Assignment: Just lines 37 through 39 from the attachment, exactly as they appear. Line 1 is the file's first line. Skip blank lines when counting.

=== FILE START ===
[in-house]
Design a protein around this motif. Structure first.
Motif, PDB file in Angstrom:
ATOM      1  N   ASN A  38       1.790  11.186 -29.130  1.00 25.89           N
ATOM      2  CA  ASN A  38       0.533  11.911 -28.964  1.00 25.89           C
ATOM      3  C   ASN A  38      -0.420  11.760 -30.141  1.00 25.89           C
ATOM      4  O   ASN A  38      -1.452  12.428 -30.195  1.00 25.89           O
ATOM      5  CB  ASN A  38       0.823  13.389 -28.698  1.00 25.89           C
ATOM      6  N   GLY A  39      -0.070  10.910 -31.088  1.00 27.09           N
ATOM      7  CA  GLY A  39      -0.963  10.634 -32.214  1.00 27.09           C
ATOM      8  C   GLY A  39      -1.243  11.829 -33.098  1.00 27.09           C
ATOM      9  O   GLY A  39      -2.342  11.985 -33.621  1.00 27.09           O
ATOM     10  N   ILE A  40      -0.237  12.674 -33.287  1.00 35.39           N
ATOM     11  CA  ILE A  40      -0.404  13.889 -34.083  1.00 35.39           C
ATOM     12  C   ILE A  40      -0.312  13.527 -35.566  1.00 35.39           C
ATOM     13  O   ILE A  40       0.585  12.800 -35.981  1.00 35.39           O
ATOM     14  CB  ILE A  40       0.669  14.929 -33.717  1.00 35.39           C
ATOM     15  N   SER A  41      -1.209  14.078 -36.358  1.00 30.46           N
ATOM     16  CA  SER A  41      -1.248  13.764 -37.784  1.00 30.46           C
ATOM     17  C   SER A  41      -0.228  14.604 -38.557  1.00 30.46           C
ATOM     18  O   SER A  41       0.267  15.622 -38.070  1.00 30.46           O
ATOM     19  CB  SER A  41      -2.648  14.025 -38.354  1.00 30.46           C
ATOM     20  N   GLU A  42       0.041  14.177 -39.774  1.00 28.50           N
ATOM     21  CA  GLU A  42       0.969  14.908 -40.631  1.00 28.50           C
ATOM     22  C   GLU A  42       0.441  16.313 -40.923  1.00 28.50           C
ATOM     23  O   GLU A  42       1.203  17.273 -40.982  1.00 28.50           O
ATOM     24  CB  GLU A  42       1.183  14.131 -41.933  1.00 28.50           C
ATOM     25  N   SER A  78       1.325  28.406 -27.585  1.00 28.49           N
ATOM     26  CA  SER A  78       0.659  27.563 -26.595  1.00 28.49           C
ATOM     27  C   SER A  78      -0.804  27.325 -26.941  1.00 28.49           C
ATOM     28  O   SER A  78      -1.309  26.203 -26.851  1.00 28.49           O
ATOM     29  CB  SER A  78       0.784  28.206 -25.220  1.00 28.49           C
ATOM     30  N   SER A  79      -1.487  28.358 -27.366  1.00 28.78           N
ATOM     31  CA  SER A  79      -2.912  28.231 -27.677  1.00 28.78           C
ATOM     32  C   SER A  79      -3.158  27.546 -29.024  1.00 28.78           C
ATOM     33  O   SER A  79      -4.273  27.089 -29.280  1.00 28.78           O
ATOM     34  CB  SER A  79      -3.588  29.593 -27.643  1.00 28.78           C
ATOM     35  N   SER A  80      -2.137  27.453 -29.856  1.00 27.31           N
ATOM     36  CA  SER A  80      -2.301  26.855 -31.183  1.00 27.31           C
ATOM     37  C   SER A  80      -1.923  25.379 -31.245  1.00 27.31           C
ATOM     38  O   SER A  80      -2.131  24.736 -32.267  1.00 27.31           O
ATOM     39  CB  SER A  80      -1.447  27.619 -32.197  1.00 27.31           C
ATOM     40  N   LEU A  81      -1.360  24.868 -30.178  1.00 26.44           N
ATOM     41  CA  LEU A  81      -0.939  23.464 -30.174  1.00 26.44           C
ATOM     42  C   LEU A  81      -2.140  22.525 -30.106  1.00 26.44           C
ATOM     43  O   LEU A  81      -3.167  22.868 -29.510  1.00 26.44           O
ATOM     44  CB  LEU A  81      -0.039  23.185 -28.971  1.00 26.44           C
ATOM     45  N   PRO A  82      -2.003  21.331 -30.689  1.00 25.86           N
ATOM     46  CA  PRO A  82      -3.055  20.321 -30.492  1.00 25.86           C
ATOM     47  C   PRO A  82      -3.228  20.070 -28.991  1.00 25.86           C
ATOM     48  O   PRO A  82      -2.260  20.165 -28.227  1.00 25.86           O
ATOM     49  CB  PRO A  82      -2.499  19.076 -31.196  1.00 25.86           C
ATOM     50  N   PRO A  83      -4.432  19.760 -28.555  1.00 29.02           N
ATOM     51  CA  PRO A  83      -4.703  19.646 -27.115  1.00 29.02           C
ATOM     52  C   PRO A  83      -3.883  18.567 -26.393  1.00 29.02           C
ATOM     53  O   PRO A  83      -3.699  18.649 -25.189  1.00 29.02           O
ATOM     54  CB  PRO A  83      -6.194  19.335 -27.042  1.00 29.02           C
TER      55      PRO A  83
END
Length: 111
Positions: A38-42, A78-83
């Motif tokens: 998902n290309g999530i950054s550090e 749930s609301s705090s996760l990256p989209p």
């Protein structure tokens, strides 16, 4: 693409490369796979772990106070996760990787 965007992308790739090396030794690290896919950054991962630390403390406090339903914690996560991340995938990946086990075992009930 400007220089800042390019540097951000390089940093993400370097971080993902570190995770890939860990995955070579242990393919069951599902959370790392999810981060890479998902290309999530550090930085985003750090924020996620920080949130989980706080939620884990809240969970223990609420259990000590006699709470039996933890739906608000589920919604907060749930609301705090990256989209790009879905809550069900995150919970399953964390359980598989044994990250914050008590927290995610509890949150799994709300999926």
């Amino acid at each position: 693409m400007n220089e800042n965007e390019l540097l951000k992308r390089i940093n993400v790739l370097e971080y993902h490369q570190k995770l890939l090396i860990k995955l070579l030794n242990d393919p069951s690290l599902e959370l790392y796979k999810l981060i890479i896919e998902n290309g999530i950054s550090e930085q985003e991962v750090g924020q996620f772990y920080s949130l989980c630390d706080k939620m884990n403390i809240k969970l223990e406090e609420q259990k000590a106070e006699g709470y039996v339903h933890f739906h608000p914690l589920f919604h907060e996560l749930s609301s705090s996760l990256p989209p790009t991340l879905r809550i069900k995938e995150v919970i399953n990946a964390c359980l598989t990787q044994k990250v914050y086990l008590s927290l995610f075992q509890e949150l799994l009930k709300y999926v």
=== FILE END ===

ATOM     34  CB  SER A  79      -3.588  29.593 -27.643  1.00 28.78           C
ATOM     35  N   SER A  80      -2.137  27.453 -29.856  1.00 27.31           N
ATOM     36  CA  SER A  80      -2.301  26.855 -31.183  1.00 27.31           C